When one takes in the full view of America’s foreign (and domestic) policy, a more universal picture begins to develop with ramifications not exclusive to Arabs and Muslims.  Islam and its followers are under attack, to be sure, but are we to ignore the suffering of the people of Africa or Latin America?  Are these nations not as much victims of the new world order as the people of Palestine?  In their case, the crime is not their religious beliefs, rather their color!  Furthermore, how does one explain the preferential treatment of Saudi Arabia, the country that produced most of the accused in the 911 crime, by the same administration that mercilessly bombed Afghanistan instead?  Oil may provide the answer in both cases, but that summarily refutes the idea that this is strictly a “crusade” against Islam.  There is no question that contempt for Islam and Muslims has motivated some of the administration’s recent actions, but only qualitatively.  The real target is not Islam as a religion or Muslims as people of faith.  The target is Islam as an ideology that conflicts with the new global movement of corporate hegemony, and the Muslims who refuse to play Glo-ball, as has been prescribed for them by the new masters of the universe.  In that respect, they share the mark with indigenous people of the third world as a whole.  The plight and suffering of Africans and Latin Americans emanate from the same Holy Grail as that fueling the tragedies in Palestine, Kashmir and elsewhere in the Muslim world.


What we have, then, is a post-cold war world-order in which the United States finds itself standing alone atop the world, surveying the spoils.  Having completed its takeover of the world’s sole superpower, corporate America and its global allies have set their eyes on this new found wealth, intent on fully exploiting it.   Anyone who attempts to get in the way of this endeavor will be violently quashed.  Even American and European citizens protesting globalization have been crushed mercilessly in their own countries while exercising their right to free speech.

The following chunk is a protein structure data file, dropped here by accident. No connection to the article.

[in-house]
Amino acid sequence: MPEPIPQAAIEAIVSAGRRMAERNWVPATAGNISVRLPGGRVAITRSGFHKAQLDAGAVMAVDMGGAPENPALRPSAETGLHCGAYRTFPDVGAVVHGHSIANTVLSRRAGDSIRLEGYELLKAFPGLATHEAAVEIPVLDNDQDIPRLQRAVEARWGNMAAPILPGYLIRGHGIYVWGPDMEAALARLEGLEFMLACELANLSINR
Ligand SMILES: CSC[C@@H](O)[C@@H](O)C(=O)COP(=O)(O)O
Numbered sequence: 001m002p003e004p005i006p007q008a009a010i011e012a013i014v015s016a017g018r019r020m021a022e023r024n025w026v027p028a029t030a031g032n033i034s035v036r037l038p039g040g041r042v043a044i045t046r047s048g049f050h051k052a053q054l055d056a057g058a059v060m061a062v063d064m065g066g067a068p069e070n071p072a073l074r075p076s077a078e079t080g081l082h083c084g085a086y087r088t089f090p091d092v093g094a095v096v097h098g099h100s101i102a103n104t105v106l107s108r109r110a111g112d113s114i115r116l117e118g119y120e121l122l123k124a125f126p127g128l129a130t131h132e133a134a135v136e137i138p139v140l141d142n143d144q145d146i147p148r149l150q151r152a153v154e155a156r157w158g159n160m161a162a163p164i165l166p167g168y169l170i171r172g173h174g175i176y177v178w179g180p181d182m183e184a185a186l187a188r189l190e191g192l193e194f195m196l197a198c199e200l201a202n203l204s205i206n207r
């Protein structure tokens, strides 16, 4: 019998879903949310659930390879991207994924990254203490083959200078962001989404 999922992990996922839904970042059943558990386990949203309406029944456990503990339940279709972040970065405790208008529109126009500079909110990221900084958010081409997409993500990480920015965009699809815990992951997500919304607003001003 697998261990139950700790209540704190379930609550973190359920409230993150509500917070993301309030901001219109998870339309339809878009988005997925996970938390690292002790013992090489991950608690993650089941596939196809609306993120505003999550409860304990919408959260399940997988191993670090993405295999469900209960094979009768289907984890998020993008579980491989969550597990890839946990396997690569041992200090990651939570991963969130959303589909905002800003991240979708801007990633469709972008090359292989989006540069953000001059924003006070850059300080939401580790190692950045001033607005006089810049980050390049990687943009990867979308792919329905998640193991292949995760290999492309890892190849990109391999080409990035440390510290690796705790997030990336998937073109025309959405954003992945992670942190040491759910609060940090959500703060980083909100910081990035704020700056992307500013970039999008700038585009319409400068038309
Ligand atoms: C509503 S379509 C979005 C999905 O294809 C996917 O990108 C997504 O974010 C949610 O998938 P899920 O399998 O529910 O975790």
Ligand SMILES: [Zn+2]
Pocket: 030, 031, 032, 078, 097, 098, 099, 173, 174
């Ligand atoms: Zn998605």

So where does that leave usé? 


First of all, as Arab and Muslim Americans, we have to start thinking “bigger” than our own immediate issues.  Palestine is not the only problem in the world, and the Palestinians are not the only people being oppressed and terrorized.  Many more Muslims have died (and continue to die) in India and Indian-controlled Kashmir than in Palestine.  The suffering of the Bosnians, Chechens, Albanians is real and atrocious, as is that of indigenous peoples of Guatemala, Columbia, Mexico and almost all of Africa.  But, most importantly, the elements that drive the aggression against all these people are inextricably connected and serve the same interests. We must reach out to, and work in concert with all groups that fight for the rights and freedom of any oppressed people, including those here at home.  So many national organizations and community groups have reached out to Arab-Americans since 911, presenting an opportunity that must seize to engage, contribute, even lead.  A victory along any front in the civil rights struggle is a victory for all, as is every loss.    We must stand shoulder-to-shoulder with our African-American and Latin-American brothers and sisters in their struggles for social justice and equality, just as we must support the rights of all Americans to equal opportunity and individual freedom.


Second, on the Palestinian issue, we must ask ourselves the tough questions and be willing to provide honest answers.  Fifty years of brutal occupation has left the Palestinians with considerable bitterness and hatred of Israelis.  An irrational situation (occupation) creates an irrational response, clearly understandable.  But, have we considered all other alternatives to violent resistance.  The fact that the occupation has been brutal and violent does necessitate that our uprising be as such.  Occupation is wrong, and will not stand, but that does not justify another wrong.  Suicide bombing should not be our first or only method of resistance.  Surely, an uprising powered by “children of the stone” is far more effective and brings the Palestinians closer to their goal of freedom than the current course.  This should at least be a conversation we are willing to engage in, without fear of admitting a mistake, correcting course, and charting new territory in our struggle.   A massive non-violent uprising in Palestine, including civil disobedience, general strikes, massive peaceful demonstrations will effectively isolate Israel as the U.S. will be hard-pressed to come with justification for its continued support of the occupation.  This will also capture the international momentum that has amassed around the issue in the Palestinian corner.


Finally, Arab and Muslim American organizations must quickly come to terms with the challenges facing our community.  We must stand up and defend our rights as the full-fledged citizens that we are, not lay low and hope it will all blow over.  Recognizing that rights- civil and individual- are there because they were fought for and won by other targeted communities before us, it is now incumbent upon us to stand up and defend those rights starting with the repeal of the Patriot Act of 2001.  It is our generations’ historic imperative.


Ghassan AbulGhanam is an Arab-American businessman, residing in Central California.  He is a social and political activist and frequent writer on Arab-American affairs.